Blog Post

What If We Stopped Teaching Kids What They Cannot Do?

A friend recently told me about her child's inspiring kindergarten teacher, a brilliant woman who had spent most of her life with five-year olds.   For a while, she moved up to first grade teaching but, she said, first graders already knew what they couldn't do.   "No kindergarten child says 'I can't draw' or "I can't sing.'   They think they can do anything.  By first grade they already know what they are good and poor at, what they can and what they cannot do."   Think about that.  Age 6 and you already have a personal score card. 


Another friend stopped by a few months ago with her very rumbunctious two-and-a-half year-old.  HASTAC's offices are in Smith Warehouse, a beautiful and ecologically-sound refurbising of an old tobacco warehouse (like a lot of Durham) into an interdisciplinary center of centers.   Outside my office is a very long carpeted corridor, with lots of dips and waves, as safe a "roller coaster" for a toddler as you're likely to find anywhere.   The child saw an amazing opportunity and was zipping all over (this happens a lot: it's a small child's fantasy of freedom, I think!) as my friend kept telling him don't do this, don't do that, don't go over there, no you can't climb on that couch.  When it came time to leave, the child threw himself on the floor and started shouting "No!  No!  I don't want to go.  I won't go."   She said, "I hate the Terrible Twos.   I'm so sick of 'no no no' all the time."   I knew I should bite my tongue but I couldn't resist pointing out that the child had just perfectly mirrored all the negatives she'd been throwing at him for the last hour.  If he had mastered 'no,' he had learned its power from a maestro. 


What if we stopped teaching kids what they cannot do?   I know that's not practical, that part of nurturing is limits, but other cultures shape by merit and reward rather than punishment and opposition.   These are not fixed categories in child nurturance, and not all cultures have "Terrible Twos."  Think about it.  Before a child walks, all we do is coax her forward, encouraging, you can do it, come on, you can, you can.   And then suddenly the child gets her sturdy legs and starts to walk and everyone claps and cheers and is all smiles . . . and then she starts to run and it's "be careful, don't go there, stop, don't go so fast, don't don't don't . . "  Talk about a moment of cognitive or even existential despair?   This vertical world is all about limits, a two year old must be thinking.  To be an adult, to be big, is to have the power to tell others what they can and cannot do.   Talk about a toddler paradigm shift!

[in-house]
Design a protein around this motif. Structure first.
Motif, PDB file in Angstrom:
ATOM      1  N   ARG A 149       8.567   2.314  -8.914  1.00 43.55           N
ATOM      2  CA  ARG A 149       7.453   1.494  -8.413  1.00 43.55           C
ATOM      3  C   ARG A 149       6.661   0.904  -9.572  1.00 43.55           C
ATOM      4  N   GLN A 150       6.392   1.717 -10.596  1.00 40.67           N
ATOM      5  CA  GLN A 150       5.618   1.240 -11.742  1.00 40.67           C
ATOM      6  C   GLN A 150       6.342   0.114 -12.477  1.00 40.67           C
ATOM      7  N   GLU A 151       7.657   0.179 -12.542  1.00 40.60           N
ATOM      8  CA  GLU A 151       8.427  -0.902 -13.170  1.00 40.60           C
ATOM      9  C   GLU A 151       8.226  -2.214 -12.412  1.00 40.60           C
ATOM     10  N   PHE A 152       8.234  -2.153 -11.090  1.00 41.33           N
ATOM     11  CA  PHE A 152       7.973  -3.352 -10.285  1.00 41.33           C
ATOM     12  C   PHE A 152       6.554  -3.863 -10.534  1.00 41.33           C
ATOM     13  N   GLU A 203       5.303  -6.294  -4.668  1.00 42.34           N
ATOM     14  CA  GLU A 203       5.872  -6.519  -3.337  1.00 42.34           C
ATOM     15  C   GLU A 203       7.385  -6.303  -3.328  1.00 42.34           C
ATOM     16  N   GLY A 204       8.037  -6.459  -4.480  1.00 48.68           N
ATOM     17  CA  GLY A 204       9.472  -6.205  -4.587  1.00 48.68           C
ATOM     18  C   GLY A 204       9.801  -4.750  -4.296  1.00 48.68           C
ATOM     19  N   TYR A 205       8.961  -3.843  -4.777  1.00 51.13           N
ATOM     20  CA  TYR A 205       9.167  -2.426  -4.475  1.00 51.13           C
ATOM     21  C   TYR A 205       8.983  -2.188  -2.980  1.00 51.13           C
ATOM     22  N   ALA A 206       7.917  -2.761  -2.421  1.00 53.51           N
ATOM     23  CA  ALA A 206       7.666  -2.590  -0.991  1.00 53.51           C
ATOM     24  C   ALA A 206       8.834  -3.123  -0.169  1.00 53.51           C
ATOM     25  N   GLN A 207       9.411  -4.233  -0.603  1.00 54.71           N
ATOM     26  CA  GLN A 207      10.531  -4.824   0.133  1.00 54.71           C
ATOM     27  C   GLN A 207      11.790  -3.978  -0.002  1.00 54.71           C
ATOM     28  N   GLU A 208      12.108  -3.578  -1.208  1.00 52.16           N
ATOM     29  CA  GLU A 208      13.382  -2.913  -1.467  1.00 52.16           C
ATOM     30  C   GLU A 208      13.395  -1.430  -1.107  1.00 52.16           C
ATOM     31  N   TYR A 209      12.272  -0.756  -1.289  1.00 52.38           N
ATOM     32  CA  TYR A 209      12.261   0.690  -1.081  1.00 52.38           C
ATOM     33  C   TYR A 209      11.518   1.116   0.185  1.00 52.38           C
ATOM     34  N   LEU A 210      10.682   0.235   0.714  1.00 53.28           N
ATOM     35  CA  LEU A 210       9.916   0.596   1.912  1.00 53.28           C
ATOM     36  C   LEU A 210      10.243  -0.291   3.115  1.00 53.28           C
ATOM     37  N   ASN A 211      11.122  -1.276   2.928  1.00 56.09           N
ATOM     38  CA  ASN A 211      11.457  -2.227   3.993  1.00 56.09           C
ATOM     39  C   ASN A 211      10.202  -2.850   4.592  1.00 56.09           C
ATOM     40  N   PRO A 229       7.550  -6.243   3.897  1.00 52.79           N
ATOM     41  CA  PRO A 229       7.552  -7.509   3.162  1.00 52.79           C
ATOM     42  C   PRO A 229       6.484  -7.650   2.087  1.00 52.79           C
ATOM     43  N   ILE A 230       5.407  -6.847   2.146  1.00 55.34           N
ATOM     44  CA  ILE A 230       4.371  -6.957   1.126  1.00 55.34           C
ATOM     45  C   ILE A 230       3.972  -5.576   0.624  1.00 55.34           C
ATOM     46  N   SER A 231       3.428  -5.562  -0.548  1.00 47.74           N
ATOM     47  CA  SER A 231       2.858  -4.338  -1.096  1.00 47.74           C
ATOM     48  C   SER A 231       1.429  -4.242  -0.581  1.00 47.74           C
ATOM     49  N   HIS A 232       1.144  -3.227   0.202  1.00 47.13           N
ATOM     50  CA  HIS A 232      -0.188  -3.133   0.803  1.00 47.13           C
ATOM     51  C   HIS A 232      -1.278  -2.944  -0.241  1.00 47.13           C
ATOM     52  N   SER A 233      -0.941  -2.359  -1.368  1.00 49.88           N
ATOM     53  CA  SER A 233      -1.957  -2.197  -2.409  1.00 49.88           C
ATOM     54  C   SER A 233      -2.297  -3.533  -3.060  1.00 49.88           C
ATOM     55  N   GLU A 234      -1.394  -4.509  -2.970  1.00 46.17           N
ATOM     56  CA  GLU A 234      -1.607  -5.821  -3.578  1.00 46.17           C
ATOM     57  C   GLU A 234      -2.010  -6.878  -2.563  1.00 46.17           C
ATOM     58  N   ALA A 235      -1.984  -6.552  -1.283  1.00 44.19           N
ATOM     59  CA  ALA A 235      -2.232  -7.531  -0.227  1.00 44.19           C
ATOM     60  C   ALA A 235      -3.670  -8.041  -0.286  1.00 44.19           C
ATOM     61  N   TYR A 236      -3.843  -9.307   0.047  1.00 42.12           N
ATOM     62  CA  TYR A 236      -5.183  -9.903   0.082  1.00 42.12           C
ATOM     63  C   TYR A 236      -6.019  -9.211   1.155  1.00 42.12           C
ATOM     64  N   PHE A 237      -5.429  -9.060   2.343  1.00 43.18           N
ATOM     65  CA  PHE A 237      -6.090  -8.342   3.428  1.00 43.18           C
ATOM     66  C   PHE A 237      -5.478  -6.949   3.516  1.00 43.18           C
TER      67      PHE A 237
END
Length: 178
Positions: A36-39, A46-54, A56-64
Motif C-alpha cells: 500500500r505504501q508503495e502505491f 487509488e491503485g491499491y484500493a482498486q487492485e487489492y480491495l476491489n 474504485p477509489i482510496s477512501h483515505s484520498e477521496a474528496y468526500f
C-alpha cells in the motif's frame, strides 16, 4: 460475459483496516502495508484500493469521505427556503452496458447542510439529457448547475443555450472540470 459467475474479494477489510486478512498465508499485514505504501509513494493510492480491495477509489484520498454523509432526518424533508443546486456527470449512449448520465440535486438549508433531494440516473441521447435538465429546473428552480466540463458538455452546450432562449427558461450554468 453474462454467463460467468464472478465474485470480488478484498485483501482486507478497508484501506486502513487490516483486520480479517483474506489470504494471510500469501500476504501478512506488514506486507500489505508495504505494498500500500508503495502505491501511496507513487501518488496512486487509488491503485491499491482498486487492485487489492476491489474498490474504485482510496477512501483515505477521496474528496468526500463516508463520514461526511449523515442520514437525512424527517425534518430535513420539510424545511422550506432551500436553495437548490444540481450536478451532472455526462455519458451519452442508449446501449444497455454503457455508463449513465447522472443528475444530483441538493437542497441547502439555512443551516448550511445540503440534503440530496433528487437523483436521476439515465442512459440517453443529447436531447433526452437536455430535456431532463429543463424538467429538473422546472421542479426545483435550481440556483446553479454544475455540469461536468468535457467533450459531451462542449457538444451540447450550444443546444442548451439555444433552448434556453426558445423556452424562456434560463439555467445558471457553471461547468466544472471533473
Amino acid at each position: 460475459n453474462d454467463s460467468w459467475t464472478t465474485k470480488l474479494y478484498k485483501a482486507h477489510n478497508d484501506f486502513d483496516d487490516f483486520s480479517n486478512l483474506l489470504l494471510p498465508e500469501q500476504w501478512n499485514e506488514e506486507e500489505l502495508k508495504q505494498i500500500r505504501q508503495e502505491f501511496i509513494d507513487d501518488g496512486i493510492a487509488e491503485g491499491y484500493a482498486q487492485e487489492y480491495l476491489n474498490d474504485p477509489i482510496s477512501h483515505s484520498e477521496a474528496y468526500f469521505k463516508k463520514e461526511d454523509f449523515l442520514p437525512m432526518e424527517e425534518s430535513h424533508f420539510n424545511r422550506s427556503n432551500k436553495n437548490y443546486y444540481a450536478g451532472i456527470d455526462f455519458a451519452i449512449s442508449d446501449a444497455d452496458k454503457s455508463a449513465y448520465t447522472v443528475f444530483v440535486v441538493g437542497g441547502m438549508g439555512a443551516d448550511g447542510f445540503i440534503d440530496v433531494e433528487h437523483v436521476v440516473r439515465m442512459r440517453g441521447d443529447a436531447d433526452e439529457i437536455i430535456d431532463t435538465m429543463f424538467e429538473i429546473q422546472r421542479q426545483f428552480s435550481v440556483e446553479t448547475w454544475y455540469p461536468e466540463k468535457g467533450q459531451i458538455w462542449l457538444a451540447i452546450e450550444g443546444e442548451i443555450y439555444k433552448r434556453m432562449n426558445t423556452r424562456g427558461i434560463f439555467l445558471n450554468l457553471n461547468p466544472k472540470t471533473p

And, sadly, much of our formal education is about standardizing exactly that shift, in teaching that kindergarten child who believes she can do absolutely anything that, no, she's a poor reader, or bad in math, or a poor speller, or a poor artist or has no musical talent (as my husband was once told when he was a child:  he got his revenge when he went on to be a DJ with the most amazing musical knowledge I've encountered and now an editor who publishes a lot of wonderful books about sound and music).   I once heard a six year old say of her sullen older brother, "he's not meeting expectations," a hilarious and tragic appropriation of Adult Speak.  No. No. No. No.